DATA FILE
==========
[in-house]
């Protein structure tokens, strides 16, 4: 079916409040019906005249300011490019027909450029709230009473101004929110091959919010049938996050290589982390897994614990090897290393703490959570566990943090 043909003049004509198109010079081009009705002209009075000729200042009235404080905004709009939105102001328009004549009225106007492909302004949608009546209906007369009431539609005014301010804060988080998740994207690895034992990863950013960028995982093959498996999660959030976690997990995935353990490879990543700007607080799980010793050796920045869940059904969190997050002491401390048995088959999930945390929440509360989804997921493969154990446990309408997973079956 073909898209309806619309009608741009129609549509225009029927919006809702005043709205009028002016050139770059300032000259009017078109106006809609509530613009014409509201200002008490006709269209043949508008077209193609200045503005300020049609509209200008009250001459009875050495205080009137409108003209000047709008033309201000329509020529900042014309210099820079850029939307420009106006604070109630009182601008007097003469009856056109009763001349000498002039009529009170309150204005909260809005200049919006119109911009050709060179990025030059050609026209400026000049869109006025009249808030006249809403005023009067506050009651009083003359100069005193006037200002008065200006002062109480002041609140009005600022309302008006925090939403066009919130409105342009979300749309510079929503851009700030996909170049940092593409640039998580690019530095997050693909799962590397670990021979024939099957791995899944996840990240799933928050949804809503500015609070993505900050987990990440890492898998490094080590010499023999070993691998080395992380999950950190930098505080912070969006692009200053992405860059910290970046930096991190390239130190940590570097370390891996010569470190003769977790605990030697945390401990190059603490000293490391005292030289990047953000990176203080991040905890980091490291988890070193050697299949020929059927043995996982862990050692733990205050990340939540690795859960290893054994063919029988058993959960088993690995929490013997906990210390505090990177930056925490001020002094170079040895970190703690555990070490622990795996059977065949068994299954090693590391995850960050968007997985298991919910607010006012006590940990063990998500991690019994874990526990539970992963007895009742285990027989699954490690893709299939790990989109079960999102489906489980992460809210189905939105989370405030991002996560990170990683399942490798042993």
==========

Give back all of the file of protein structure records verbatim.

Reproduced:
[in-house]
């Protein structure tokens, strides 16, 4: 079916409040019906005249300011490019027909450029709230009473101004929110091959919010049938996050290589982390897994614990090897290393703490959570566990943090 043909003049004509198109010079081009009705002209009075000729200042009235404080905004709009939105102001328009004549009225106007492909302004949608009546209906007369009431539609005014301010804060988080998740994207690895034992990863950013960028995982093959498996999660959030976690997990995935353990490879990543700007607080799980010793050796920045869940059904969190997050002491401390048995088959999930945390929440509360989804997921493969154990446990309408997973079956 073909898209309806619309009608741009129609549509225009029927919006809702005043709205009028002016050139770059300032000259009017078109106006809609509530613009014409509201200002008490006709269209043949508008077209193609200045503005300020049609509209200008009250001459009875050495205080009137409108003209000047709008033309201000329509020529900042014309210099820079850029939307420009106006604070109630009182601008007097003469009856056109009763001349000498002039009529009170309150204005909260809005200049919006119109911009050709060179990025030059050609026209400026000049869109006025009249808030006249809403005023009067506050009651009083003359100069005193006037200002008065200006002062109480002041609140009005600022309302008006925090939403066009919130409105342009979300749309510079929503851009700030996909170049940092593409640039998580690019530095997050693909799962590397670990021979024939099957791995899944996840990240799933928050949804809503500015609070993505900050987990990440890492898998490094080590010499023999070993691998080395992380999950950190930098505080912070969006692009200053992405860059910290970046930096991190390239130190940590570097370390891996010569470190003769977790605990030697945390401990190059603490000293490391005292030289990047953000990176203080991040905890980091490291988890070193050697299949020929059927043995996982862990050692733990205050990340939540690795859960290893054994063919029988058993959960088993690995929490013997906990210390505090990177930056925490001020002094170079040895970190703690555990070490622990795996059977065949068994299954090693590391995850960050968007997985298991919910607010006012006590940990063990998500991690019994874990526990539970992963007895009742285990027989699954490690893709299939790990989109079960999102489906489980992460809210189905939105989370405030991002996560990170990683399942490798042993």